Our favorite 65-inch set for the money is the LG E7 OLED (OLED65E7P), which delivers outstanding picture quality and surprisingly robust audio for $1,000 less than comparable OLED systems. Our top budget pick is the TCL Roku 49-inch 49S405, which delivers a striking 50-inch picture with excellent contrast.
If you want the ultimate detailed picture, 4K or ultra-HD TVs are the sets to buy. They pack four times more pixels (3840 x 2160) than traditional HD TVs, and they are the first models to get new technologies such as wider color gamut and high dynamic range (HDR) video. In our labs, we've tested all of the most popular 4K TV sets, evaluating them based on sharpness, color and viewing angles, as well as design, smart TV features and sound.
For great 4K TVs that fall somewhere between high-priced premium sets and inexpensive bargain models, the mid-range TCL 6 Series 65-inch Roku TV (65R617) and Samsung 65-inch Q6F QLED TV are some of the best we've reviewed, earning top marks as the best sub-$1,000 model on the market and the best OLED alternative, respectively.
Latest News and Updates (August 2018)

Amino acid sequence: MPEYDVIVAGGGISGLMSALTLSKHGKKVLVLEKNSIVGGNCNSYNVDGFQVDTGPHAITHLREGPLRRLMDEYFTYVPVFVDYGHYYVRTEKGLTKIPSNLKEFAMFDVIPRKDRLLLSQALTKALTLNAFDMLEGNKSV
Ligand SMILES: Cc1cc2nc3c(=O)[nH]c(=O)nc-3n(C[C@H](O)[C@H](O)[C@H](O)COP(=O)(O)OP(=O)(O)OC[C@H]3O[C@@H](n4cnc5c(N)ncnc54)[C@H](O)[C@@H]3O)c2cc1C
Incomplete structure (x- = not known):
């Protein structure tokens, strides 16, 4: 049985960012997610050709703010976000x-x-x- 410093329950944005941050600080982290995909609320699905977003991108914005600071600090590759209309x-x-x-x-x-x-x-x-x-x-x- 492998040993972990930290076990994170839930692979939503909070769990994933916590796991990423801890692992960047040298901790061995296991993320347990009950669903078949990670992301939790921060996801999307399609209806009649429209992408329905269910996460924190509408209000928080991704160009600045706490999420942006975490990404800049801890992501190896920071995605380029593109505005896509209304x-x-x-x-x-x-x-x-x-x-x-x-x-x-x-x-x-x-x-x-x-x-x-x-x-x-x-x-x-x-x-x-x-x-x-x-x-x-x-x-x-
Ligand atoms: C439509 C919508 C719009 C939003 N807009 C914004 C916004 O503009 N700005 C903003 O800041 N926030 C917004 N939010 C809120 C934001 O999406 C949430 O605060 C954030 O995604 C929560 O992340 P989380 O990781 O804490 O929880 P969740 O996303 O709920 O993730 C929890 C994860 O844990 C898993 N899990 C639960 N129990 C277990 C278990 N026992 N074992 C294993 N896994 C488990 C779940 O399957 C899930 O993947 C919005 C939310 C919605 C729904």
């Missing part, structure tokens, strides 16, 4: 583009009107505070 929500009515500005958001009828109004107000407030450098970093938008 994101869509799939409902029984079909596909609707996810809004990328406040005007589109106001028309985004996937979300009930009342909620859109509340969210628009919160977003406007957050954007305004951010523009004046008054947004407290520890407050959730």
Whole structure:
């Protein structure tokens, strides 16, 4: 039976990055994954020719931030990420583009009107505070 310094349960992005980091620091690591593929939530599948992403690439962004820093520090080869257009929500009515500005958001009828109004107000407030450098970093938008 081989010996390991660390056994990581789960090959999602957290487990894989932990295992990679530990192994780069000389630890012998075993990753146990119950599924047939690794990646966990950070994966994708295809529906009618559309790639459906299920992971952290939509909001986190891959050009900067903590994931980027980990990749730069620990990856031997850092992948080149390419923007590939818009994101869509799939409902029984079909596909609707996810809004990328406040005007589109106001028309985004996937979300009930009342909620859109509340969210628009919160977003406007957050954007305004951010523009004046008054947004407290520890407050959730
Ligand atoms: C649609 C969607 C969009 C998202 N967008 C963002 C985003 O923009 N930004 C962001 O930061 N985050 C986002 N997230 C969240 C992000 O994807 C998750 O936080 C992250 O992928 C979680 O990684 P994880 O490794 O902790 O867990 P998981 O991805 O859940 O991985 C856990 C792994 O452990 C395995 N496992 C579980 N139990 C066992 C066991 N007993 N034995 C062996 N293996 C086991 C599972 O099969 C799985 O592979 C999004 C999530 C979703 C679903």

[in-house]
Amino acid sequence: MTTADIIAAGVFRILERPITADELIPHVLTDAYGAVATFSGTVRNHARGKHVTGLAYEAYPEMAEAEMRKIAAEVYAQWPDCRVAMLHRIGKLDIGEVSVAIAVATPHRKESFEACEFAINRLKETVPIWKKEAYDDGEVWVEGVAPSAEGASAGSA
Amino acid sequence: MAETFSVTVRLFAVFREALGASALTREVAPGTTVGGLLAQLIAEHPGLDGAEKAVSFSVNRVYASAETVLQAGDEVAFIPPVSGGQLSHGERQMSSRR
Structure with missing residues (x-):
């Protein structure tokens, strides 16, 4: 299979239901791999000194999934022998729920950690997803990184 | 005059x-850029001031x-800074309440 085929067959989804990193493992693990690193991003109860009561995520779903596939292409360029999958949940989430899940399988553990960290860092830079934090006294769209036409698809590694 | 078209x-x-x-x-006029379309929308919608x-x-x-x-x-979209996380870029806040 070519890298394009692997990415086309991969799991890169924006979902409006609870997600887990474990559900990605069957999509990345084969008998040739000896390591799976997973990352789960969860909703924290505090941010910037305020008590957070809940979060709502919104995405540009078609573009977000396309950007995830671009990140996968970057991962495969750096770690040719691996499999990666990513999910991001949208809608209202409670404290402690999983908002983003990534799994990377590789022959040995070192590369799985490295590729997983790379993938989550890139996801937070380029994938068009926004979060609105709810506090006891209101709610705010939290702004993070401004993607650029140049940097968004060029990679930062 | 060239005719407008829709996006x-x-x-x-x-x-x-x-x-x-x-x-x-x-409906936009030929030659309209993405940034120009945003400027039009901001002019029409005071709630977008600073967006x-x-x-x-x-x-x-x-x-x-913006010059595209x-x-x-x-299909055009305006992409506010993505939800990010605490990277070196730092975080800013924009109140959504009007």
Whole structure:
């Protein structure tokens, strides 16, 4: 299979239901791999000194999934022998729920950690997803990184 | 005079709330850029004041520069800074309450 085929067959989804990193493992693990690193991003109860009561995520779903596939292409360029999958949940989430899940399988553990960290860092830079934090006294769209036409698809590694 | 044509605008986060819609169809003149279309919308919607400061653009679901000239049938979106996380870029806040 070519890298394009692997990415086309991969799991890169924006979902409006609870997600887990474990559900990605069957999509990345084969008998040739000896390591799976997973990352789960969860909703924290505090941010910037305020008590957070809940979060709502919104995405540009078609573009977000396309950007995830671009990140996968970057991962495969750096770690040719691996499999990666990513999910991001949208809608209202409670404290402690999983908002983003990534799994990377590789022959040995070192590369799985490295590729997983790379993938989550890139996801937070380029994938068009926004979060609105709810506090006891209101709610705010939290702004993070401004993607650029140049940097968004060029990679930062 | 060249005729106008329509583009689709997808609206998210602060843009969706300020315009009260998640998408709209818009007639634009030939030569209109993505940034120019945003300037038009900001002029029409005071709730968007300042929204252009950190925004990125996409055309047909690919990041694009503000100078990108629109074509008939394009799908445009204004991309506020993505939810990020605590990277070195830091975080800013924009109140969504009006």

- Looking for the best smart TV as you cut the cord? The Vizio P-Series 65-Inch P65-F1 is our top pick for cord-cutters thanks to a combination of built-in apps and Chromecast capability, plus the inclusion of a built-in TV tuner (something Vizio's have been missing in recent years). It's a great performer, too.
- Amazon's second wave of smart TVs has arrived with the Toshiba 55-Inch 4K Fire TV Edition. Check out the full review to see why we like Amazon's smart TV platform, even if we didn't think the TV was so hot.
- Sony has introduced its new flagship smart TVs, the Master Series, which includes the OLED-based A9F and LCD panel Z9F. These new sets feature out of the box calibration, along with a special calibrated mode for Netflix, which promises to deliver the best color accuracy for streaming content from the service. The Master Series has Sony’s latest X1 Ultimate processor, and an updated version of the Acoustic Surface speaker system heard in last year’s Sony Bravia A1E, now with 3.1 sound, thanks to a new center channel and subwoofer.